Spectacular Flameouts: In PR, Failure Is Not an Option, It’s a Given

“Success is not final, failure is not fatal: It is the courage to continue that counts.”

Winston Churchill

It is often said that the greatest teacher is failure—for it is only through trying and failing that we eventually learn how to succeed

This is especially true in public relations, where the line between success and failure is so blurred and, even worse— subjective. How many times have you felt that a campaign or event was a success, only to be told by your client or boss that it was a failure?

“In PR, the goalposts are not always visible, or sometimes they even get moved,” says Larry Parnell, associate professor and director of the George Washington University Masters in Strategic Public Relations program, and principal at LJ Parnell and Associates.

Then there are the times when everyone, including yourself, sees an effort of yours as unsuccessful for whatever reason. Accepting that and moving forward is a real challenge, says Parnell, but it is one PR pros must master to survive and thrive in the field. Getting up and solving the problem after a fall is hard, but essential.

In that spirit, PR News, which regularly chronicles the successes of PR professionals in its case studies and how-to articles, asked the following veteran PR professionals to reveal one of their most spectacular failures, what they learned from them, and how they moved forward (albeit with one close call).

Helene Solomon

CEO, Solomon McCown & Company

The Situation: It pains me to say that one of the biggest lessons I learned was in a meeting I did not take to determine whether or not a potential piece of business was viable for us. I spoke with the founding CEO and listened closely as she explained her business concept, funding and the opportunity.

It was during the dot-com era—although it was not a dot-com—and I just could not wrap my mind around the concept. She had a very limited budget for PR, but wanted the sun, moon and stars.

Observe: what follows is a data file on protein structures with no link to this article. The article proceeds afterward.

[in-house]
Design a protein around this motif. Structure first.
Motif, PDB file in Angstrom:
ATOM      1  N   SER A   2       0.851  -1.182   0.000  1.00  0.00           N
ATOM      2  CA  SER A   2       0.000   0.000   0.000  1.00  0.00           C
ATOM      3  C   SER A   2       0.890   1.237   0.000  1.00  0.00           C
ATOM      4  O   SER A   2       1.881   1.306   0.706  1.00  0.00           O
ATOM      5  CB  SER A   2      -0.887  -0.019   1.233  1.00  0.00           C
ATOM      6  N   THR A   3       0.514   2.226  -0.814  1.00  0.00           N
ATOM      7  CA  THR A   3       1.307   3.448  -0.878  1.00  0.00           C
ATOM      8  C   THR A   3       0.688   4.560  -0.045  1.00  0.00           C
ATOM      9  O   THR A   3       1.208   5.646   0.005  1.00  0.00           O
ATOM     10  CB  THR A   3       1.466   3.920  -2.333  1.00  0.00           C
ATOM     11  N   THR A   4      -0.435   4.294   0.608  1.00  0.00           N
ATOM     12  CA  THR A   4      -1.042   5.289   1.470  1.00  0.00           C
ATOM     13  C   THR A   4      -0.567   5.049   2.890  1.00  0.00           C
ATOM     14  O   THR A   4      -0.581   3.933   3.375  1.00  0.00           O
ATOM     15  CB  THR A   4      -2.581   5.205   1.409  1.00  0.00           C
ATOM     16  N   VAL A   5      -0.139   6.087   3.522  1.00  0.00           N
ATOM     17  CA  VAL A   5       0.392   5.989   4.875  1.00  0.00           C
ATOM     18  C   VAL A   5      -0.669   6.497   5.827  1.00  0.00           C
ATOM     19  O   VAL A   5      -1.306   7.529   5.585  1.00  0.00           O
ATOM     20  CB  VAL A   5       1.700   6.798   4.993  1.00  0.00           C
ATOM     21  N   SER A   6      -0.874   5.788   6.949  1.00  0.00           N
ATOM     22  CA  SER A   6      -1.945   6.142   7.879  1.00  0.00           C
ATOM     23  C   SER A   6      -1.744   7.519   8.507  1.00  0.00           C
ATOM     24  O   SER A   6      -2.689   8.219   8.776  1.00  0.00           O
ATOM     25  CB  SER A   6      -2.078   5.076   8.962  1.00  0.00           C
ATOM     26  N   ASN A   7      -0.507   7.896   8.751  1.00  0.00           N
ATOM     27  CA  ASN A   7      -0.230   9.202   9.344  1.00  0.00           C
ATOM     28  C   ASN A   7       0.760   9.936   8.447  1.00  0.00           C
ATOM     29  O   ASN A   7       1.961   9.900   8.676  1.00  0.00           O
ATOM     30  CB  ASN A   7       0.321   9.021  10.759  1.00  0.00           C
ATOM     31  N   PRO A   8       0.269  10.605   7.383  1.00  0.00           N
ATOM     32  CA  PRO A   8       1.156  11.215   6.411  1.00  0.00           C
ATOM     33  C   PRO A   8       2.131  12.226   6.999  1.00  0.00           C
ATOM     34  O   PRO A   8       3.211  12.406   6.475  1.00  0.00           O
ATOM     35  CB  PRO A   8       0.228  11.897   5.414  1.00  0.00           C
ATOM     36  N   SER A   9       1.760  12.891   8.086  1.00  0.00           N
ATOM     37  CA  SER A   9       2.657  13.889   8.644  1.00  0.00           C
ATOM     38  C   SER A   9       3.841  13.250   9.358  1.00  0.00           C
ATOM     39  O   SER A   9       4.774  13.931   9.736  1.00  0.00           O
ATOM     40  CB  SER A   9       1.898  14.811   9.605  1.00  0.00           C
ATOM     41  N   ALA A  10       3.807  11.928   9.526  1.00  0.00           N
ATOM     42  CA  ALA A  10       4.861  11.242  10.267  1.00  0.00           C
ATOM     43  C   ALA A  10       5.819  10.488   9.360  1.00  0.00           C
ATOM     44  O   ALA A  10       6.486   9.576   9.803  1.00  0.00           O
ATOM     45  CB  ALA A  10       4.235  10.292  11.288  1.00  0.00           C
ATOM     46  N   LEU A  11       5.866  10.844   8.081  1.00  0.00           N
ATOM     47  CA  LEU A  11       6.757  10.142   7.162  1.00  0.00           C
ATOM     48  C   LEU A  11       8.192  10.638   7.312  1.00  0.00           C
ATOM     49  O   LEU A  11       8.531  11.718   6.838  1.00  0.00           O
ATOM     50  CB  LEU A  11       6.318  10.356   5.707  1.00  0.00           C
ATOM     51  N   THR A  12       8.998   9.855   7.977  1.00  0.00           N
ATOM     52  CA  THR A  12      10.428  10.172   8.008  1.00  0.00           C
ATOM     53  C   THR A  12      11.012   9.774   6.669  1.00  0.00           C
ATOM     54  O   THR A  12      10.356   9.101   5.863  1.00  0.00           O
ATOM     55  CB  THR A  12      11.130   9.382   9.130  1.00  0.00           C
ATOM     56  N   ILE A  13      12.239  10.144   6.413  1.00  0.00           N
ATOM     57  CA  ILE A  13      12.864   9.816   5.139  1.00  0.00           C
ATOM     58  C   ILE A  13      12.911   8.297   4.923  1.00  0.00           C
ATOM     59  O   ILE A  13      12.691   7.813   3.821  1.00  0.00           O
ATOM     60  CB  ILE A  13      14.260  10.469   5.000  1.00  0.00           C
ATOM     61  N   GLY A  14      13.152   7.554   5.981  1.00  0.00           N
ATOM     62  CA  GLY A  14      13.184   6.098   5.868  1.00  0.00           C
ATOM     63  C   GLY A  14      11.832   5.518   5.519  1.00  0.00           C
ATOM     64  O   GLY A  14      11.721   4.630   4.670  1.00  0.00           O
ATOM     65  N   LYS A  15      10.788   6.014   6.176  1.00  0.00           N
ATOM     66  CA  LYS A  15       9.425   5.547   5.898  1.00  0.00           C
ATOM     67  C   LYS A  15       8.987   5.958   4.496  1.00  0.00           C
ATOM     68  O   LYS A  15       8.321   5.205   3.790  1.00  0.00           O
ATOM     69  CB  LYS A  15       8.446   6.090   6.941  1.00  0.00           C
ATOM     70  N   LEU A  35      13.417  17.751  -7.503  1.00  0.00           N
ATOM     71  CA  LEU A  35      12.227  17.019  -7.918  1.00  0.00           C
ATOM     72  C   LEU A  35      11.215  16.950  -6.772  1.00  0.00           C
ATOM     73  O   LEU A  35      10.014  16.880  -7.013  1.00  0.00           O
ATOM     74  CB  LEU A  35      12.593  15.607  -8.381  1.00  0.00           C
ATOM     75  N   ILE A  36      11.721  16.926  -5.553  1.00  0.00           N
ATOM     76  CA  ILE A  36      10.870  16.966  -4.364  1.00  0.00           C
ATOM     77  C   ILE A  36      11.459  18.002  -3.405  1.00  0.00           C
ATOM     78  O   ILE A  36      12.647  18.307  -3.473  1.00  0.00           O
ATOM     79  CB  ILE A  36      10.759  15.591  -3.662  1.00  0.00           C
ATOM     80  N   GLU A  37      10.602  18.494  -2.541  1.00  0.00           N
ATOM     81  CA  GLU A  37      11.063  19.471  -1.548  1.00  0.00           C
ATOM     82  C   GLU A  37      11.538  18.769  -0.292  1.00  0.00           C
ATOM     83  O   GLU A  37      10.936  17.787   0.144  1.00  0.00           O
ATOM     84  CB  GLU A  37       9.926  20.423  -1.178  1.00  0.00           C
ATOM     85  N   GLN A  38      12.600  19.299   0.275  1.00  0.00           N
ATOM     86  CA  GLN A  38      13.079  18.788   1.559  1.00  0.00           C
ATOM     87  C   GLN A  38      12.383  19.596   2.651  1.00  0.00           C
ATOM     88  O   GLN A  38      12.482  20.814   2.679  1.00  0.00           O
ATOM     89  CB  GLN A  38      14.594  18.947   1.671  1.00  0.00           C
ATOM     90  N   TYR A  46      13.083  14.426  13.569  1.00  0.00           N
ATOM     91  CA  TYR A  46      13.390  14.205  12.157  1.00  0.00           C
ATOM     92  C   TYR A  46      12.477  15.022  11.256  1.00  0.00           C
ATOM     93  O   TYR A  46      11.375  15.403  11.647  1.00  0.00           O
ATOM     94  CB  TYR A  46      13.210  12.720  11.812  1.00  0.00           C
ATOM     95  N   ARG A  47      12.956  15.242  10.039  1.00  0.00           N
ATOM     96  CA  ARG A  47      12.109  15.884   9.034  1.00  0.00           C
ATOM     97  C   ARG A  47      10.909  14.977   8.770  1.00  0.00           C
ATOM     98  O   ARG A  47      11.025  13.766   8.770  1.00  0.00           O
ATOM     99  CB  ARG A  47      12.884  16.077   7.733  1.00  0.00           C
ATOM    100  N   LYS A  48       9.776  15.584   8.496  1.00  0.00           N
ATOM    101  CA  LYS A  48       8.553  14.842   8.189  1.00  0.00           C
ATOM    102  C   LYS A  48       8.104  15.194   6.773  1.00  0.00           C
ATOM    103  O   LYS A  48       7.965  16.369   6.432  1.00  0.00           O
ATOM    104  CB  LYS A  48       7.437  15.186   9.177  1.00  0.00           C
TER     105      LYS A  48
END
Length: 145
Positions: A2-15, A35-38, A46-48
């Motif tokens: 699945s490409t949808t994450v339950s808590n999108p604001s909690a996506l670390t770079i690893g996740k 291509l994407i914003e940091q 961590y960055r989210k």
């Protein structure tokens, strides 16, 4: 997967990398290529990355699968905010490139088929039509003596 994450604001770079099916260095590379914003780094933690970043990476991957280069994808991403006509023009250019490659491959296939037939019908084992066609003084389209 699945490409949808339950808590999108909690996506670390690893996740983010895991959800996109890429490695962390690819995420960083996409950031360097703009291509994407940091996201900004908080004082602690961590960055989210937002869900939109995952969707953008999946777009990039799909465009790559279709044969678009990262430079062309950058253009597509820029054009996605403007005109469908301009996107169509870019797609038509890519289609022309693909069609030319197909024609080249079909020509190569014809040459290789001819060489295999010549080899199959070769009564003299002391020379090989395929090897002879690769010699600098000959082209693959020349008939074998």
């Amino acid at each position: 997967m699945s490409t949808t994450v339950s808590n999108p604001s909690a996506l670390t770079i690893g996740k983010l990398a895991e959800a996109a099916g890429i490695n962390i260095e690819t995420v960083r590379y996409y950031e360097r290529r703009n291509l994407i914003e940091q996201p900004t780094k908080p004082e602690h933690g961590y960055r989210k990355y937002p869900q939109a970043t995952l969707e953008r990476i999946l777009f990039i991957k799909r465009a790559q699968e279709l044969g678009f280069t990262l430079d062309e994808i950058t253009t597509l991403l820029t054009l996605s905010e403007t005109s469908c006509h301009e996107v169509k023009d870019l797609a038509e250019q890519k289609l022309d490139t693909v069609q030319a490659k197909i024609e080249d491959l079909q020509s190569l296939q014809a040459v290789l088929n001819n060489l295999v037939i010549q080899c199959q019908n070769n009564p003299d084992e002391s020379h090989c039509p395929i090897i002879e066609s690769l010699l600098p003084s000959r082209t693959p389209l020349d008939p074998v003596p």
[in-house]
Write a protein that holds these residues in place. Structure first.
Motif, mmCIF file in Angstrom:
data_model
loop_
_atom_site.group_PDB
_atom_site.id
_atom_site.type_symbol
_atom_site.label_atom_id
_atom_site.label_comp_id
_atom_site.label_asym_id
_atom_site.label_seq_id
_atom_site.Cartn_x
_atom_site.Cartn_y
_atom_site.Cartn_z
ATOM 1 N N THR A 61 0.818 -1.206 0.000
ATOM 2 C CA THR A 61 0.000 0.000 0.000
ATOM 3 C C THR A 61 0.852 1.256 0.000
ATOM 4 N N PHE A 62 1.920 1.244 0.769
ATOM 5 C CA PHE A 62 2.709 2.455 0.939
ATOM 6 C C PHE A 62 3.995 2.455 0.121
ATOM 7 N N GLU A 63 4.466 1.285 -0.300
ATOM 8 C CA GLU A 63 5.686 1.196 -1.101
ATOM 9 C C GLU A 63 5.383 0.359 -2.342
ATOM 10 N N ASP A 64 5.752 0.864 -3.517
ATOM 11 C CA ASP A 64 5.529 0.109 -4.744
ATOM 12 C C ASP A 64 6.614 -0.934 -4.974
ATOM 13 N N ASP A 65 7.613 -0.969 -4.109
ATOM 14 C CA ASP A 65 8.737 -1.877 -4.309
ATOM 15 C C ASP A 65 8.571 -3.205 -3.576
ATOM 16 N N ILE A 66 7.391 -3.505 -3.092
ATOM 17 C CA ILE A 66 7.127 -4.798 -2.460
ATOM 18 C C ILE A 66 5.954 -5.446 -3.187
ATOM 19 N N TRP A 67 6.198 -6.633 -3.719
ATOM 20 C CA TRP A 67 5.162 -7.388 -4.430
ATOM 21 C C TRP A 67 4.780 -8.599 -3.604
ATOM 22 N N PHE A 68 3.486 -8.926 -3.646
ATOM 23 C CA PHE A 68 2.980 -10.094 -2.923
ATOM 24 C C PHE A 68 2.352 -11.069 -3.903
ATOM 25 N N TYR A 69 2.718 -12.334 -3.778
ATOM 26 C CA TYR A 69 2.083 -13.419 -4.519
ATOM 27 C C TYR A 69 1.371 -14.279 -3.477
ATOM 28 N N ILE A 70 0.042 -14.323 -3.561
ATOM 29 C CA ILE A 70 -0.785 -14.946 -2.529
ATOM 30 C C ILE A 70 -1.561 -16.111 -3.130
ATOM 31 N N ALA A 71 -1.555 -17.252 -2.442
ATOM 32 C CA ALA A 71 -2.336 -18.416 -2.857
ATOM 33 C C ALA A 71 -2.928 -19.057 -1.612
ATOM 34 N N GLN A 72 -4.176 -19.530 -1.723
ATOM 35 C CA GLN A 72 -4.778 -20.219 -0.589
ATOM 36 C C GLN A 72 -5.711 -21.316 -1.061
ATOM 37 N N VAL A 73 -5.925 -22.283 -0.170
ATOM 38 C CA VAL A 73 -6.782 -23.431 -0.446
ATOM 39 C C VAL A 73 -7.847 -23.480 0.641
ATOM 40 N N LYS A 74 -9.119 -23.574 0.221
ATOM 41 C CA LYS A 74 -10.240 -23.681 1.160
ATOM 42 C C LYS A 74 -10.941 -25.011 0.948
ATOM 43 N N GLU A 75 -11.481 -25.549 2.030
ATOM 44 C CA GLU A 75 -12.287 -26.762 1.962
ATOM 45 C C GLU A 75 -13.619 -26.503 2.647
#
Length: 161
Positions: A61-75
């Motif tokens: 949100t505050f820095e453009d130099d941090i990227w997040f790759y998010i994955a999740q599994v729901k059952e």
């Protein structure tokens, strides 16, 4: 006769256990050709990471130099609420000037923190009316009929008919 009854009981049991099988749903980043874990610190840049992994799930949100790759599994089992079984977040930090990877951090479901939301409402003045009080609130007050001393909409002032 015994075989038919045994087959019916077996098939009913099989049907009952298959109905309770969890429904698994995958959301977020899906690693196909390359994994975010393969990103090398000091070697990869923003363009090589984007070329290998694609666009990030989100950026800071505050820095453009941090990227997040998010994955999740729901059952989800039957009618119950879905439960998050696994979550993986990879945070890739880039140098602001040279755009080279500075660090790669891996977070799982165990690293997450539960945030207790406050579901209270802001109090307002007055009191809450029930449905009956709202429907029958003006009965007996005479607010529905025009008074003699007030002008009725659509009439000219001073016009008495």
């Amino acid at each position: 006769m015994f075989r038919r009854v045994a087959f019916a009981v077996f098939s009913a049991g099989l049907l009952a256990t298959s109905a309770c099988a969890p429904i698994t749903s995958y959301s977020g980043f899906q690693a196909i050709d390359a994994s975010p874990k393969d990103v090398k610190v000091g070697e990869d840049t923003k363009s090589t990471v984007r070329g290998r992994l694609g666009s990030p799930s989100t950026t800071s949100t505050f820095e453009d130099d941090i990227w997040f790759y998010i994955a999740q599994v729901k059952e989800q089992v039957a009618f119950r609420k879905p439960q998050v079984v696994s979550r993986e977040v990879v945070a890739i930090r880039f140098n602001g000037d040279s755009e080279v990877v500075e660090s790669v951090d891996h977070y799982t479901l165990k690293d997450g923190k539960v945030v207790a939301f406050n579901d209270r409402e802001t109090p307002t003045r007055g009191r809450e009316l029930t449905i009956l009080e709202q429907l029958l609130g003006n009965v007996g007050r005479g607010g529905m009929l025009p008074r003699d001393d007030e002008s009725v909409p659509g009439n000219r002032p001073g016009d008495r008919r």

I researched the space, took the pulse of others in the industry and yet the opportunity was still not clear. So I took a pass.

Today, this company is a publicly traded global brand and category leader. I will never know what the outcome and impact was in loss of revenue and future opportunity for the agency, but I can imagine.

Lessons Learned: Clearly, the top-line lesson is to always take the meeting.

Secondly, if you can’t understand the business concept, that is an opportunity to offer services in messaging, branding and research.

And, last, with a nod to Steve Jobs, give dreamers and innovators the benefit of the doubt—at least through the first meeting.

Michael McDougall

Managing Partner, McDougall Travers Collins

The Situation: In 2005, a new trend was emerging in the public relations industry: the pop-up store. As a global PR director for a multinational consumer electronics company, my team and I dove headlong into this phenomenon, making plans to open 30-day pop-ups in New York, San Francisco and London.

On the surface, the idea seemed to be a good one: We would be able to tell our story directly to consumers as they entered the holiday buying season, while placing some buzz behind the brand via the pop-up concept itself.

While the New York and San Francisco stores launched as planned (London falling victim to budget cuts and location issues), we quickly realized that we’d made a significant error: Our projections for foot traffic were grossly overestimated. Why? We didn’t involve true retail experts, and we relied too heavily on basic footfall data.